The Fresh Loaf

News & Information for Amateur Bakers and Artisan Bread Enthusiasts

for the love of all things basic

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me3rd's picture
me3rd

for the love of all things basic

Hi, I'm new.  New to bread baking as well.  Actually, I've only made two loaves to date.  It was an awesome feeling.  I've been browsing this site looking for a basic sandwich bread but it seems a little overwhelming.  I don't know anything about oven humidity or fermenting yeasts or about various flours.  Is it possible to make a good sandwich bread without knowing all this?  I want something wheaty and that is large and spongy... not dense like the loaves I made.  Basically I want an easy recipe to replace buying store-bought bread and that is soft and delicious for my hard-working hubby.  Any help would be grandly appreciated!  Thank you!

 Ellie

sphealey's picture
sphealey

If you can check Rose Levy Beranbaum's _The Bread Bible_ out of the library, it has an entire chapter of breads exactly of the type you are seeking.

The recipes in TBB may seem a little intimidating on first read, but the good thing about them is if you follow the instructions exactly you are very likely to get a good loaf from your first try.

By the way, don't be put off by some of the posts here - the super experts making them (including me) were mostly just where you are 18 months ago!

sPh

browndog's picture
browndog

Don't get scared off by the power talk- you certainly can make great sandwich bread with flour and yeast off the grocery store shelf and a dry oven. You'll be unusual if you don't make a few bricks- do you have dogs by any chance? I hear the birds like them too. Timing and dough look and feel are the things you need to get familiar with, but it really isn't rocket science...until you go off the deep end...there are quite a few good books that will hold your hand through the process. As I am still discovering, artisan, sourdough type baking is a whole 'nother world from sandwich type 'straight' dough baking. ( Oh God, please keep me from remarking that about 10% of the population seems to exhibit an innate preference  for gay dough...very colorful with EXCELLENT taste...)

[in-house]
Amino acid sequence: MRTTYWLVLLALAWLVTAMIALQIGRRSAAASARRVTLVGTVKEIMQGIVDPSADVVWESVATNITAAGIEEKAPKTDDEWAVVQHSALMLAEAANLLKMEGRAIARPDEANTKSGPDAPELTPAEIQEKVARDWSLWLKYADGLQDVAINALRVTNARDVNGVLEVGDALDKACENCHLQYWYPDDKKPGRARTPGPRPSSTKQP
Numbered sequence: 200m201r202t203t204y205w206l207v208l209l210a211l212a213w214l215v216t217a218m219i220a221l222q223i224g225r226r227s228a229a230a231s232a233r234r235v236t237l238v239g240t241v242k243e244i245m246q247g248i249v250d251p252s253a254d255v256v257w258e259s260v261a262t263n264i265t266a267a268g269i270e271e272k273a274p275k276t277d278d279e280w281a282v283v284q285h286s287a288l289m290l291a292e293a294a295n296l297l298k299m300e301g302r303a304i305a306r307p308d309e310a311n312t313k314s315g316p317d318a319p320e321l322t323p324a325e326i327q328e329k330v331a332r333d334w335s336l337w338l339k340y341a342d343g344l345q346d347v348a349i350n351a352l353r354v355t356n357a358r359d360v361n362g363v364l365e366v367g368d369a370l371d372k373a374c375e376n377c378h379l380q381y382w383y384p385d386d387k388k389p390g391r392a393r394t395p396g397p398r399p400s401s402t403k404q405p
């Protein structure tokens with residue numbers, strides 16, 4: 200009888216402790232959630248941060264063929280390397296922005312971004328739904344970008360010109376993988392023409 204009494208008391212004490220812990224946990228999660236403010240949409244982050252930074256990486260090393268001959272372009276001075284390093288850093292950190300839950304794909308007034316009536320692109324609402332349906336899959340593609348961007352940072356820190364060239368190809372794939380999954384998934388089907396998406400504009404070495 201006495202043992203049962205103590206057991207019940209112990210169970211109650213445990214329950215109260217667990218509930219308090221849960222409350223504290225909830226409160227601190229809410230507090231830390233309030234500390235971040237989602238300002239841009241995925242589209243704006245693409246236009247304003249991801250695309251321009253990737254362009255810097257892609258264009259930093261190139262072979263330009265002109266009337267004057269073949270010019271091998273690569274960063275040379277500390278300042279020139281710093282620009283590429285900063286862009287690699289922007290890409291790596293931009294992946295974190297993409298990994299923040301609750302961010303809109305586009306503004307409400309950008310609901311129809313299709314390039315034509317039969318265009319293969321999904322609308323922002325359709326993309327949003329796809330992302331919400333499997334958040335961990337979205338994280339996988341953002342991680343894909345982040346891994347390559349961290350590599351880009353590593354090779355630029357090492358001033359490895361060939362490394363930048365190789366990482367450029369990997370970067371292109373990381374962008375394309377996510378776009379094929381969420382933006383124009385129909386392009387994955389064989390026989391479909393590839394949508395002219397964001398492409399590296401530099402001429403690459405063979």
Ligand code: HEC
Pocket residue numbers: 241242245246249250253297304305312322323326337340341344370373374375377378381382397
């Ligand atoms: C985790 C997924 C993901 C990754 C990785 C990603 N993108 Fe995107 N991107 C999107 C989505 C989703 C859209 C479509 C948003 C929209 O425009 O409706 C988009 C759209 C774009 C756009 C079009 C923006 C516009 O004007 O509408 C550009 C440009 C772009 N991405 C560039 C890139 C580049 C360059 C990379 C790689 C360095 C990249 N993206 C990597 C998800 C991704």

tattooedtonka's picture
tattooedtonka

You callin my Spinach/Tomato/White bread gay?  :-)

I will have you know I have 2 great gobbler uppers of all things bread, good and bad.

Sasha

and my main gobbler

Tonka

he was named after me ya know...he just doesnt have any tattoo's

TT

browndog's picture
browndog

but I'm an opened-minded girl... and it's a little harsh of you to make me face my indecorous past...*sigh* --what beautiful animals, the best part is they're obviously loved, happy, and well-cared for. Thanks for the treat! You know you made my day! Feel free to tell me ALL about them at my blog!

tattooedtonka's picture
tattooedtonka

There you go usin them big words I gotta look up the meaning to..... :-)

I will take you up on your offer on your blog..

TT

AnnieT's picture
AnnieT

Hi Ellie,

I'm a newbie to this site and saw your request for a soft ww loaf. This is one from Greg Atkins, a Seattle chef and cookbook writer, and my grandgirls liked it so much they put in an order for two loaves a week. Then they got used to it and I haven't made it for a while. Anyway, it is really easy and doesn't take forever.

Easy Whole Wheat Sandwich Bread 350*, 2 loaves.

2cups warm water

1/4cup brown sugar

2tbspn yeast

3cups ww flour

2cups ap flour (mine took more)

1/4cup vegetable oil

2 tbspn kosher salt

 

Stir sugar and warm water together, sprinkle on the yeast and leave to soften, then stir to dissolve. Add the ww flour one cup at a time, stir in the oil and salt, add the rest of the flour using hands when it gets too heavy to stir. Knead until springy. Let rise until double, about 1 hour. Grease 2 9"x5" pans, divide dough, shape and place in pans. Let rise until about double, bake for 35 minutes or until it sounds hollow when thumped on the bottom. Cool on rack.

 

Hope you will try it and that your husband likes it, Annie